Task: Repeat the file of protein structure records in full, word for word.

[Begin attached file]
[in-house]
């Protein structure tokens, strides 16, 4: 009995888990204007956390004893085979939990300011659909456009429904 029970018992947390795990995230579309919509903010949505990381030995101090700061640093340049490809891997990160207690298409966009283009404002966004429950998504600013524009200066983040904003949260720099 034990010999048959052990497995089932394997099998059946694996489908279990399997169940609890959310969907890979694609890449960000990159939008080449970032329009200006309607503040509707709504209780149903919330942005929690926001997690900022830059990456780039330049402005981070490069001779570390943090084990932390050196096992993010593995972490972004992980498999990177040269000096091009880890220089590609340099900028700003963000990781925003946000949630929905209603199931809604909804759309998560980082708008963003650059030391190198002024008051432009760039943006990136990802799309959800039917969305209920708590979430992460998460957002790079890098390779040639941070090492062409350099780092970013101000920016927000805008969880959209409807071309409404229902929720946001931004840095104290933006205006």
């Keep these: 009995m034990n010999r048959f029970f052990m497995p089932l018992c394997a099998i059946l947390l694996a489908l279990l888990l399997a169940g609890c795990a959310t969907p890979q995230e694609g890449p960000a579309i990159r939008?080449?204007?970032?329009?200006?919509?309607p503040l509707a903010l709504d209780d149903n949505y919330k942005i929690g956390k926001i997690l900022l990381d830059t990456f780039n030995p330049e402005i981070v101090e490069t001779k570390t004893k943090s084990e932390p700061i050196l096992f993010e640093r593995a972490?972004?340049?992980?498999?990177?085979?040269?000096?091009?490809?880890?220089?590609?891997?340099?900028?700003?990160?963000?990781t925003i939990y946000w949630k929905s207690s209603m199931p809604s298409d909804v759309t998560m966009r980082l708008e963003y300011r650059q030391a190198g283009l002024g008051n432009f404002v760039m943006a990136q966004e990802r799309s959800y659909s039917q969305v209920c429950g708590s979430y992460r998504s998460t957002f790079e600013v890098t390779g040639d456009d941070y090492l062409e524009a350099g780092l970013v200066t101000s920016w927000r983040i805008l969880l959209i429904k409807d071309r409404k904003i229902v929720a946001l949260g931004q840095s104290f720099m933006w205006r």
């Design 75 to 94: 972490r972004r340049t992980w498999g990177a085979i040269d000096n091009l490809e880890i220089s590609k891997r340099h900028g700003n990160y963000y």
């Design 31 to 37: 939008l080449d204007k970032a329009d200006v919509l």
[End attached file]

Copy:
[in-house]
């Protein structure tokens, strides 16, 4: 009995888990204007956390004893085979939990300011659909456009429904 029970018992947390795990995230579309919509903010949505990381030995101090700061640093340049490809891997990160207690298409966009283009404002966004429950998504600013524009200066983040904003949260720099 034990010999048959052990497995089932394997099998059946694996489908279990399997169940609890959310969907890979694609890449960000990159939008080449970032329009200006309607503040509707709504209780149903919330942005929690926001997690900022830059990456780039330049402005981070490069001779570390943090084990932390050196096992993010593995972490972004992980498999990177040269000096091009880890220089590609340099900028700003963000990781925003946000949630929905209603199931809604909804759309998560980082708008963003650059030391190198002024008051432009760039943006990136990802799309959800039917969305209920708590979430992460998460957002790079890098390779040639941070090492062409350099780092970013101000920016927000805008969880959209409807071309409404229902929720946001931004840095104290933006205006």
């Keep these: 009995m034990n010999r048959f029970f052990m497995p089932l018992c394997a099998i059946l947390l694996a489908l279990l888990l399997a169940g609890c795990a959310t969907p890979q995230e694609g890449p960000a579309i990159r939008?080449?204007?970032?329009?200006?919509?309607p503040l509707a903010l709504d209780d149903n949505y919330k942005i929690g956390k926001i997690l900022l990381d830059t990456f780039n030995p330049e402005i981070v101090e490069t001779k570390t004893k943090s084990e932390p700061i050196l096992f993010e640093r593995a972490?972004?340049?992980?498999?990177?085979?040269?000096?091009?490809?880890?220089?590609?891997?340099?900028?700003?990160?963000?990781t925003i939990y946000w949630k929905s207690s209603m199931p809604s298409d909804v759309t998560m966009r980082l708008e963003y300011r650059q030391a190198g283009l002024g008051n432009f404002v760039m943006a990136q966004e990802r799309s959800y659909s039917q969305v209920c429950g708590s979430y992460r998504s998460t957002f790079e600013v890098t390779g040639d456009d941070y090492l062409e524009a350099g780092l970013v200066t101000s920016w927000r983040i805008l969880l959209i429904k409807d071309r409404k904003i229902v929720a946001l949260g931004q840095s104290f720099m933006w205006r």
């Design 75 to 94: 972490r972004r340049t992980w498999g990177a085979i040269d000096n091009l490809e880890i220089s590609k891997r340099h900028g700003n990160y963000y």
């Design 31 to 37: 939008l080449d204007k970032a329009d200006v919509l």